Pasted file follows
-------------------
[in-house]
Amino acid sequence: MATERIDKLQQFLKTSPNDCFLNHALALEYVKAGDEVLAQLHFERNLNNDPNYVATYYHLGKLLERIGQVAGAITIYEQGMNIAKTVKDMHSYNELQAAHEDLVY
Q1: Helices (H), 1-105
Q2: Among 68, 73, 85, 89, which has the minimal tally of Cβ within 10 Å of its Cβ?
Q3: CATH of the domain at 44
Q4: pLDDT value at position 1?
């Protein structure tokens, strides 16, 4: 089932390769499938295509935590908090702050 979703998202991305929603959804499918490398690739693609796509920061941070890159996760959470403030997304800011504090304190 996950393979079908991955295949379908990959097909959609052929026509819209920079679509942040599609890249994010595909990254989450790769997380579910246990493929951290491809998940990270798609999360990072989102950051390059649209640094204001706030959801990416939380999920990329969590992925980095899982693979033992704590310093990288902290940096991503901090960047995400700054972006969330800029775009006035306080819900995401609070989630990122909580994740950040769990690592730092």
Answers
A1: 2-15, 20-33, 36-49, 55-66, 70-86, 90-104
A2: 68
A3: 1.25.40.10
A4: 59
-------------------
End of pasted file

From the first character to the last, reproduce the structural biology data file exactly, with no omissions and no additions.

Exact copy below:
[in-house]
Amino acid sequence: MATERIDKLQQFLKTSPNDCFLNHALALEYVKAGDEVLAQLHFERNLNNDPNYVATYYHLGKLLERIGQVAGAITIYEQGMNIAKTVKDMHSYNELQAAHEDLVY
Q1: Helices (H), 1-105
Q2: Among 68, 73, 85, 89, which has the minimal tally of Cβ within 10 Å of its Cβ?
Q3: CATH of the domain at 44
Q4: pLDDT value at position 1?
């Protein structure tokens, strides 16, 4: 089932390769499938295509935590908090702050 979703998202991305929603959804499918490398690739693609796509920061941070890159996760959470403030997304800011504090304190 996950393979079908991955295949379908990959097909959609052929026509819209920079679509942040599609890249994010595909990254989450790769997380579910246990493929951290491809998940990270798609999360990072989102950051390059649209640094204001706030959801990416939380999920990329969590992925980095899982693979033992704590310093990288902290940096991503901090960047995400700054972006969330800029775009006035306080819900995401609070989630990122909580994740950040769990690592730092």
Answers
A1: 2-15, 20-33, 36-49, 55-66, 70-86, 90-104
A2: 68
A3: 1.25.40.10
A4: 59